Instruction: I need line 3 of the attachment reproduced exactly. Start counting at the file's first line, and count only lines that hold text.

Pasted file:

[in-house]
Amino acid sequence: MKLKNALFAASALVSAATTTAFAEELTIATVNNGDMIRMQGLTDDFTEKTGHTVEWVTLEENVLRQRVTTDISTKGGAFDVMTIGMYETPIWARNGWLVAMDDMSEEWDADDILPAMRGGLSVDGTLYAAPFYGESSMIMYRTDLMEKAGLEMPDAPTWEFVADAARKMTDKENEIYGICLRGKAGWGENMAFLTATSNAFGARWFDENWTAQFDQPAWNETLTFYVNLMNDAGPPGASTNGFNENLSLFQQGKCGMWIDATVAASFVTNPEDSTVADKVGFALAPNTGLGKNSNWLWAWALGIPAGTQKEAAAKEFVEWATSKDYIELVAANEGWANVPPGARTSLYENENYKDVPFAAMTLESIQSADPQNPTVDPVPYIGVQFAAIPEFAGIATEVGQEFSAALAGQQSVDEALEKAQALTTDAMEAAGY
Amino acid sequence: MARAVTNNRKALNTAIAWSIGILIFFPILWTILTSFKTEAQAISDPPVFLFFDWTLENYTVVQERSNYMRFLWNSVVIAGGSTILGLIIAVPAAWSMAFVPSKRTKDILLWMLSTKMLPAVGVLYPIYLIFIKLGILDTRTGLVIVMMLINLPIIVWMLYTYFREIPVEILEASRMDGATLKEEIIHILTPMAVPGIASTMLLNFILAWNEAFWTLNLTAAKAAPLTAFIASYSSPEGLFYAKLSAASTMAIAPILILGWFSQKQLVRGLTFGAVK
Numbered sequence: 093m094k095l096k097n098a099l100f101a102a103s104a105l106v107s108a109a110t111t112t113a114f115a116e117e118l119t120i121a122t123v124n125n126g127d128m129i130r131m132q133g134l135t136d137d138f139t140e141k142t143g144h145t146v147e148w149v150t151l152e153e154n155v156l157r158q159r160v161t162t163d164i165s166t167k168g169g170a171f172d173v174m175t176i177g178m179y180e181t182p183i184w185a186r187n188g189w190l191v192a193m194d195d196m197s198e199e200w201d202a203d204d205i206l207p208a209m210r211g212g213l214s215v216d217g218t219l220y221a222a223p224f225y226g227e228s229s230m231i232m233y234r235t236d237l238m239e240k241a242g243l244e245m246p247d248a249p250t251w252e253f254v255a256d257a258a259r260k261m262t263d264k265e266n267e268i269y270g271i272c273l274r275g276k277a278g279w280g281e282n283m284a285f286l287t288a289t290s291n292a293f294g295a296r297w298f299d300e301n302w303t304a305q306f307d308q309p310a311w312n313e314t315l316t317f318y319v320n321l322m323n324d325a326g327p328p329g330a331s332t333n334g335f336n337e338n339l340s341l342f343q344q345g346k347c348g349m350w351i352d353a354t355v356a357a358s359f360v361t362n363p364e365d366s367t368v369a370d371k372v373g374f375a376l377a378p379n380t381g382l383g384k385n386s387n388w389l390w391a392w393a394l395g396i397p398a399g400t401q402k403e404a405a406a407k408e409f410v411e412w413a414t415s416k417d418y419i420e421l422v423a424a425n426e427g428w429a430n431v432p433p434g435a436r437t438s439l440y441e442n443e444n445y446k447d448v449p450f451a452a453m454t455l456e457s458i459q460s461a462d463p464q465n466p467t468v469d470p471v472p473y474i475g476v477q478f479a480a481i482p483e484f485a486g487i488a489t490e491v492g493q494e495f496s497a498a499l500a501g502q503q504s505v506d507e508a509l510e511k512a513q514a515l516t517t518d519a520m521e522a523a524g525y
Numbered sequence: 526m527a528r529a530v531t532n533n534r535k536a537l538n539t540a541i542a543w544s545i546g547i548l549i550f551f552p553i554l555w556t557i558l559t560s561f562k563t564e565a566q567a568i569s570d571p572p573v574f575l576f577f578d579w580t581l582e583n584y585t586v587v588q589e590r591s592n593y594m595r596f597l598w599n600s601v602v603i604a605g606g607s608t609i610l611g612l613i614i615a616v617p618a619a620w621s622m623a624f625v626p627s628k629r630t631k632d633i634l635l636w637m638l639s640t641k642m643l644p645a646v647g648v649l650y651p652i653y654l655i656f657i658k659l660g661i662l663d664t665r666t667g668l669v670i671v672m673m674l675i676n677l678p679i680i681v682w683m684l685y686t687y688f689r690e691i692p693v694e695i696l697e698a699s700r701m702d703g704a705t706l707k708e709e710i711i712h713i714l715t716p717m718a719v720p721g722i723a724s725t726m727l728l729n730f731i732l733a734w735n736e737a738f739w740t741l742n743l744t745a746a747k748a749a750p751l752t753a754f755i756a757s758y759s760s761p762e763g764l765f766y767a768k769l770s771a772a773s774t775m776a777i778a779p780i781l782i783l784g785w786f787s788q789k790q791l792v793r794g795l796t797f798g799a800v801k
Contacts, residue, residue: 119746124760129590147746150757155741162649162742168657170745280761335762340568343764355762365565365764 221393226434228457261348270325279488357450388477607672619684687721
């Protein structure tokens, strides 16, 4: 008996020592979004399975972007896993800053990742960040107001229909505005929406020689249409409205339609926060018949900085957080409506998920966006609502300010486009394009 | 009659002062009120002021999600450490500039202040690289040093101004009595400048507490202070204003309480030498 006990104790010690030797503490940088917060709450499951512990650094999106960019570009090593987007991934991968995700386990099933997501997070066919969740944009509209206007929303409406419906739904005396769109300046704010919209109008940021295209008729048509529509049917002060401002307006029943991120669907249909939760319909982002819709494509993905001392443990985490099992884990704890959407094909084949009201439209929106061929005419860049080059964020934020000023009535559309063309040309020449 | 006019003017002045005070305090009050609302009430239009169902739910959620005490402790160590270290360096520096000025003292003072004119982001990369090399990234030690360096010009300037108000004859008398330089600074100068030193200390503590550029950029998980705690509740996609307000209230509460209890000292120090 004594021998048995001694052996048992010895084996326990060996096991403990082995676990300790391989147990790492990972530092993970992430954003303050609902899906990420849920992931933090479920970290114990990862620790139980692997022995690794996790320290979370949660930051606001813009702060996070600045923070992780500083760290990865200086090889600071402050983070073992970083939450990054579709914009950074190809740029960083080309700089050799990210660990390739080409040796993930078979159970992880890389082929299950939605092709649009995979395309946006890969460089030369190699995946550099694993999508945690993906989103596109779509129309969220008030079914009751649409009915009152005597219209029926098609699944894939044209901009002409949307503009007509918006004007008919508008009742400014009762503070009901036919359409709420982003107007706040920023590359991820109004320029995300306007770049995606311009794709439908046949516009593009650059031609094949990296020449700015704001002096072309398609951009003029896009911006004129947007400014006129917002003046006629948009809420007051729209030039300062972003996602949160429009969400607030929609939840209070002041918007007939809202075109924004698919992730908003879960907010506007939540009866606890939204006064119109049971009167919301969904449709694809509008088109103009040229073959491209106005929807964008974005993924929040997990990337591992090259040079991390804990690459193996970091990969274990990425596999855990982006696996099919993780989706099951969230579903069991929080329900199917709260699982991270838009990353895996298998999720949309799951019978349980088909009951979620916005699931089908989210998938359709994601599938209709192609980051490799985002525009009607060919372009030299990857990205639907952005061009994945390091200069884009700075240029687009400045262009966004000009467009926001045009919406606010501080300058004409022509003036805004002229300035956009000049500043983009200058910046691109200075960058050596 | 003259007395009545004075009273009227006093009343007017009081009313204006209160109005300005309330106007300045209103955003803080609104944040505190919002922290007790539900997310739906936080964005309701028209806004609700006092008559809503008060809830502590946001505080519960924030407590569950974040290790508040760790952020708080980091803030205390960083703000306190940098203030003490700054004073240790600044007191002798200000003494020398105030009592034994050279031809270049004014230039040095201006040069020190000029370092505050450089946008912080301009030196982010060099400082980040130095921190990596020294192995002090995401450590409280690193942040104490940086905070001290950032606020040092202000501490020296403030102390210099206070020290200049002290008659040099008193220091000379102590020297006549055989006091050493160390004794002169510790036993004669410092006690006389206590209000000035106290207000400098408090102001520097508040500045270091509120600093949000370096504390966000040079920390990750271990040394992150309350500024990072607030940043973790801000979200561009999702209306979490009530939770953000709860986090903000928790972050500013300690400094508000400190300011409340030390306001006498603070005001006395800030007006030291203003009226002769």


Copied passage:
Amino acid sequence: MARAVTNNRKALNTAIAWSIGILIFFPILWTILTSFKTEAQAISDPPVFLFFDWTLENYTVVQERSNYMRFLWNSVVIAGGSTILGLIIAVPAAWSMAFVPSKRTKDILLWMLSTKMLPAVGVLYPIYLIFIKLGILDTRTGLVIVMMLINLPIIVWMLYTYFREIPVEILEASRMDGATLKEEIIHILTPMAVPGIASTMLLNFILAWNEAFWTLNLTAAKAAPLTAFIASYSSPEGLFYAKLSAASTMAIAPILILGWFSQKQLVRGLTFGAVK